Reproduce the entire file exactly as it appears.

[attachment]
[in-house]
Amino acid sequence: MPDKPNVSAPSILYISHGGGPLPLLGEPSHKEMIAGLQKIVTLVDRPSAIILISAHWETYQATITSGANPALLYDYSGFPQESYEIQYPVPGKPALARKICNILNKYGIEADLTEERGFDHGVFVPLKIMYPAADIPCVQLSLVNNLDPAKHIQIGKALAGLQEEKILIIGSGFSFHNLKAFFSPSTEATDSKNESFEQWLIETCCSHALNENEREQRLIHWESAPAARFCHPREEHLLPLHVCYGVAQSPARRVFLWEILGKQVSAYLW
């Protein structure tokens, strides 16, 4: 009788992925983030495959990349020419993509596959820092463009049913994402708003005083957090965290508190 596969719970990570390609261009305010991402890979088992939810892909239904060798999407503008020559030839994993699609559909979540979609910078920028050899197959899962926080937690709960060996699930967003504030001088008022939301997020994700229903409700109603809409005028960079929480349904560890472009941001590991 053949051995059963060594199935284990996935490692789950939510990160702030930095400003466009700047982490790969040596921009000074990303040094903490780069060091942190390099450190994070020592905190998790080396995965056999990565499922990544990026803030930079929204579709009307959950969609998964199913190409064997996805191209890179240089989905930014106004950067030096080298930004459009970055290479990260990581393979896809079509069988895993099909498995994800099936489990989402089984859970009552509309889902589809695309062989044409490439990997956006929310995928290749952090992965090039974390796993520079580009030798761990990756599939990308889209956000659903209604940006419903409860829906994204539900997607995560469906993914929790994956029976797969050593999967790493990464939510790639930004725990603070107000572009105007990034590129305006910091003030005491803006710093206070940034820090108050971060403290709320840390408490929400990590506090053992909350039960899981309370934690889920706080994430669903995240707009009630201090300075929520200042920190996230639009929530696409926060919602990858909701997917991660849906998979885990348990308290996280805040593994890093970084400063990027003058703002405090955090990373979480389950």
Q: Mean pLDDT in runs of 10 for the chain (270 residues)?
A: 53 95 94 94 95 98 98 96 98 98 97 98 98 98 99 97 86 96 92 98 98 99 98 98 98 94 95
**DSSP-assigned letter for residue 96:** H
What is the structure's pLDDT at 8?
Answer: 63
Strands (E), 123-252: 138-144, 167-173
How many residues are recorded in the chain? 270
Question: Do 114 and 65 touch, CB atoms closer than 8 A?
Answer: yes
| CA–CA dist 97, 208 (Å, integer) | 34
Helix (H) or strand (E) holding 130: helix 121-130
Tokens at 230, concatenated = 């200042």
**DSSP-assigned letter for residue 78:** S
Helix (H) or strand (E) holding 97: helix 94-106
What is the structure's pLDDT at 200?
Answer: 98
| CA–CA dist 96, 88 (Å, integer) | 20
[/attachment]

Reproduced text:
[in-house]
Amino acid sequence: MPDKPNVSAPSILYISHGGGPLPLLGEPSHKEMIAGLQKIVTLVDRPSAIILISAHWETYQATITSGANPALLYDYSGFPQESYEIQYPVPGKPALARKICNILNKYGIEADLTEERGFDHGVFVPLKIMYPAADIPCVQLSLVNNLDPAKHIQIGKALAGLQEEKILIIGSGFSFHNLKAFFSPSTEATDSKNESFEQWLIETCCSHALNENEREQRLIHWESAPAARFCHPREEHLLPLHVCYGVAQSPARRVFLWEILGKQVSAYLW
């Protein structure tokens, strides 16, 4: 009788992925983030495959990349020419993509596959820092463009049913994402708003005083957090965290508190 596969719970990570390609261009305010991402890979088992939810892909239904060798999407503008020559030839994993699609559909979540979609910078920028050899197959899962926080937690709960060996699930967003504030001088008022939301997020994700229903409700109603809409005028960079929480349904560890472009941001590991 053949051995059963060594199935284990996935490692789950939510990160702030930095400003466009700047982490790969040596921009000074990303040094903490780069060091942190390099450190994070020592905190998790080396995965056999990565499922990544990026803030930079929204579709009307959950969609998964199913190409064997996805191209890179240089989905930014106004950067030096080298930004459009970055290479990260990581393979896809079509069988895993099909498995994800099936489990989402089984859970009552509309889902589809695309062989044409490439990997956006929310995928290749952090992965090039974390796993520079580009030798761990990756599939990308889209956000659903209604940006419903409860829906994204539900997607995560469906993914929790994956029976797969050593999967790493990464939510790639930004725990603070107000572009105007990034590129305006910091003030005491803006710093206070940034820090108050971060403290709320840390408490929400990590506090053992909350039960899981309370934690889920706080994430669903995240707009009630201090300075929520200042920190996230639009929530696409926060919602990858909701997917991660849906998979885990348990308290996280805040593994890093970084400063990027003058703002405090955090990373979480389950």
Q: Mean pLDDT in runs of 10 for the chain (270 residues)?
A: 53 95 94 94 95 98 98 96 98 98 97 98 98 98 99 97 86 96 92 98 98 99 98 98 98 94 95
**DSSP-assigned letter for residue 96:** H
What is the structure's pLDDT at 8?
Answer: 63
Strands (E), 123-252: 138-144, 167-173
How many residues are recorded in the chain? 270
Question: Do 114 and 65 touch, CB atoms closer than 8 A?
Answer: yes
| CA–CA dist 97, 208 (Å, integer) | 34
Helix (H) or strand (E) holding 130: helix 121-130
Tokens at 230, concatenated = 């200042």
**DSSP-assigned letter for residue 78:** S
Helix (H) or strand (E) holding 97: helix 94-106
What is the structure's pLDDT at 200?
Answer: 98
| CA–CA dist 96, 88 (Å, integer) | 20